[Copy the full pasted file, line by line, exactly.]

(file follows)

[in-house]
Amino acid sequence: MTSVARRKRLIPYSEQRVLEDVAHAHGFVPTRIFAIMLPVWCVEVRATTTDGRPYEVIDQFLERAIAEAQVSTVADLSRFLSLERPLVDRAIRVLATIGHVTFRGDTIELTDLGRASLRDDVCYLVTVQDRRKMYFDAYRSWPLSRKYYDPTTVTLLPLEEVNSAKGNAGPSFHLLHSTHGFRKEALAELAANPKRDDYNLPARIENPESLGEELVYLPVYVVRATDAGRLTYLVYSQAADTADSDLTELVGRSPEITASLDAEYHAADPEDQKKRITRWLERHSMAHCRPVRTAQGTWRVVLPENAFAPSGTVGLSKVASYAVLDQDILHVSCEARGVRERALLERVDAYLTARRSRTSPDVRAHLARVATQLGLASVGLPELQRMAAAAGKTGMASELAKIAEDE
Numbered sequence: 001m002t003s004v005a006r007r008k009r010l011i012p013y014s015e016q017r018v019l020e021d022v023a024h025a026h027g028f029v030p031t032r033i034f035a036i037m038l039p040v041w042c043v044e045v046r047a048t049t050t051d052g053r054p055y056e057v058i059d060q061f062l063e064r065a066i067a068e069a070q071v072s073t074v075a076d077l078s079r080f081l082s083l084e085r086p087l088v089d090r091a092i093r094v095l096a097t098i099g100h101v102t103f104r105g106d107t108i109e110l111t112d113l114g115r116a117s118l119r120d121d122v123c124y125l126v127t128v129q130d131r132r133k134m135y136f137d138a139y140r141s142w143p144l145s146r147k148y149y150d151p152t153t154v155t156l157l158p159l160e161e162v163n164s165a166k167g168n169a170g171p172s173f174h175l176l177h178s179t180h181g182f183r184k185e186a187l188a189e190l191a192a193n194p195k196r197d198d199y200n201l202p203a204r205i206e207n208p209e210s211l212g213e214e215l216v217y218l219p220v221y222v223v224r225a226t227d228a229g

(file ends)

[in-house]
Amino acid sequence: MTSVARRKRLIPYSEQRVLEDVAHAHGFVPTRIFAIMLPVWCVEVRATTTDGRPYEVIDQFLERAIAEAQVSTVADLSRFLSLERPLVDRAIRVLATIGHVTFRGDTIELTDLGRASLRDDVCYLVTVQDRRKMYFDAYRSWPLSRKYYDPTTVTLLPLEEVNSAKGNAGPSFHLLHSTHGFRKEALAELAANPKRDDYNLPARIENPESLGEELVYLPVYVVRATDAGRLTYLVYSQAADTADSDLTELVGRSPEITASLDAEYHAADPEDQKKRITRWLERHSMAHCRPVRTAQGTWRVVLPENAFAPSGTVGLSKVASYAVLDQDILHVSCEARGVRERALLERVDAYLTARRSRTSPDVRAHLARVATQLGLASVGLPELQRMAAAAGKTGMASELAKIAEDE
Numbered sequence: 001m002t003s004v005a006r007r008k009r010l011i012p013y014s015e016q017r018v019l020e021d022v023a024h025a026h027g028f029v030p031t032r033i034f035a036i037m038l039p040v041w042c043v044e045v046r047a048t049t050t051d052g053r054p055y056e057v058i059d060q061f062l063e064r065a066i067a068e069a070q071v072s073t074v075a076d077l078s079r080f081l082s083l084e085r086p087l088v089d090r091a092i093r094v095l096a097t098i099g100h101v102t103f104r105g106d107t108i109e110l111t112d113l114g115r116a117s118l119r120d121d122v123c124y125l126v127t128v129q130d131r132r133k134m135y136f137d138a139y140r141s142w143p144l145s146r147k148y149y150d151p152t153t154v155t156l157l158p159l160e161e162v163n164s165a166k167g168n169a170g171p172s173f174h175l176l177h178s179t180h181g182f183r184k185e186a187l188a189e190l191a192a193n194p195k196r197d198d199y200n201l202p203a204r205i206e207n208p209e210s211l212g213e214e215l216v217y218l219p220v221y222v223v224r225a226t227d228a229g